I don’t, but it is true that the tap water, which flows from the San Gorgonios and filters through the valley’s porous alluvium for seven years before it reaches the city’s Mission Springs Water District, has won five medals at the international Berkeley Springs Water Tasting and Competition. You can see the San Gorgonios, snowcapped in winter, as you head down the Spring’s lawn to its extensive spa facilities, where there are rooms for dry and wet treatments and an imported Finnish sauna. My first-ever salt scrub was enjoyable, but my girlfriend’s cranial massage was some kind of vortextual laying on of hands from which she did not want to emerge. It could also have been that she was closer to the sauna, and therefore got more exposure to its “negative ions,” which Smith had pointed out earlier are counterintuitively named, since they’re “the ones that are good for you.”

Made in the Shade

Just down the hill from the Spring’s sauna is the Hacienda Hot Springs Inn, a welcoming compound owned by William Dailey, owner of Dailey Rare Books in Los Angeles. He bought the place almost three years ago and spent the first 18 months restoring it. The grounds are shaded by a tall mesquite and several ficus, and when I was there, the new orange trees were ripe with fruit. Dailey’s catholic taste gives the Hacienda an omni-rustic feeling that nicely complements the scene’s prevailing austerity. The rooms and common areas are filled with books (all for sale), Mission settles, old hickory chairs and vintage Seven-Up crates filled with eclectic vinyl. The rec room’s veranda has an exterior barbecue and a circa-1940 Wolf Range that has a giant griddle on it, upon which Bill welcomes guests to make morning pancakes.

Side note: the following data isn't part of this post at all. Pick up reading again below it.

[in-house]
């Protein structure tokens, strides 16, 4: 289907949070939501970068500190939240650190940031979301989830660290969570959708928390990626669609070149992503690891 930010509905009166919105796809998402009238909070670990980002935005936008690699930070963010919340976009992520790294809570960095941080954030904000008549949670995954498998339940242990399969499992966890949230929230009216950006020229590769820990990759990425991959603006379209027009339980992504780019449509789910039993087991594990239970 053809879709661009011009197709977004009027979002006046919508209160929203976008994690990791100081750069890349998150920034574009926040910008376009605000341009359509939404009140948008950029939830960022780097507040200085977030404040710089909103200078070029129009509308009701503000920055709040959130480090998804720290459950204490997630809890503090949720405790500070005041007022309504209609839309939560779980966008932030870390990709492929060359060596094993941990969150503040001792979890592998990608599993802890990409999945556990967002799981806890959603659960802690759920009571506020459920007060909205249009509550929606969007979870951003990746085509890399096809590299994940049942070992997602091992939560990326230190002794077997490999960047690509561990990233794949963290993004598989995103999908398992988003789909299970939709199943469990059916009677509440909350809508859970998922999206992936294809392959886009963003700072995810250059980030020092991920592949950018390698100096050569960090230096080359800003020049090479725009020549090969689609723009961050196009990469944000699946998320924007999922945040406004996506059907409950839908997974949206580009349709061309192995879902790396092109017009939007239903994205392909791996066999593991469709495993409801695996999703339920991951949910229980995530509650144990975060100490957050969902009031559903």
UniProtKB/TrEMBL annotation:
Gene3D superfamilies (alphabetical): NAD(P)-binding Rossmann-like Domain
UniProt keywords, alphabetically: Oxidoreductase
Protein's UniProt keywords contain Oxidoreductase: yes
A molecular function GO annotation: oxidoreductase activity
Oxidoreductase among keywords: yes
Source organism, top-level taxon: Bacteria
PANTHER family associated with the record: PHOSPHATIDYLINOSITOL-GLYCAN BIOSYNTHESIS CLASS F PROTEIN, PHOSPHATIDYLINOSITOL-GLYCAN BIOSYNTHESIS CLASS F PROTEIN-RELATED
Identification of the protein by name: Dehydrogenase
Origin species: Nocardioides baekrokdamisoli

An interesting feature of the Hacienda is Dailey himself. He’s collected a lot of historical material about the city: post cards, pictures, geological surveys, written stories from old-timers, anything he can get his hands on. He loves working on his Desert Hot Springs bibliography, making him an unofficial town historian.

On several drives, Dailey provided a comprehensive lay of the land. We saw the site of the first “public plunge,” Coffee’s, torn down in the ’60s. There were remnants of old Desert Hot Springs — spas like the Highlander, which are a little rundown, but cheap, and have a loyal crowd. We saw some crack-era desert vibes, like a dude installing 20-inch rims on his gold Honda with a black pit bull standing by. Then we passed the Monte Carlo, which used to be a free-love joint. “In the dark days, that was a common subtext of the spa scene,” Dailey said. “Even when I opened, a couple of guys checked in, looked around and confused me by asking, ‘So, where’s the action?’ ”

But mostly a drive around reveals renewal: a half-dozen spas bought by Koreans; a half-dozen more bought by restoration-minded Angelenos; Marmol Radzinger’s demonstration prefab architectural home on a hill at the edge of town. Even the Christian nudists are in on the action: The former Kismet Lodge, whose sign bears two crossed scimitars, has recently become the Living Waters, an attempt to take agape down the “clothing optional” road.

Beyond the spas, however, unrestrained development looms. “The only problem with Desert Hot Springs,” Dailey said, “is the city itself.” The spas don’t interest the Chamber of Commerce, he said. “This place is a boomtown, and all they care about is turning the place into subdivisions, while turning a huge profit.” Over at the Water District offices, a map on the wall showed the spreading skein of main lines that are turning the desert into one-, two- and three-thousand-tract-home communities. “And that map is outdated,” Dailey said. In Desert Hot Springs, the usual cycle of gentrification-beachhead followed by big developers is accelerated, almost simultaneous. Soon, the town’s first Starbucks will shine its beacon over Palm Drive, the main drag. Get to Desert Hot Springs soon.?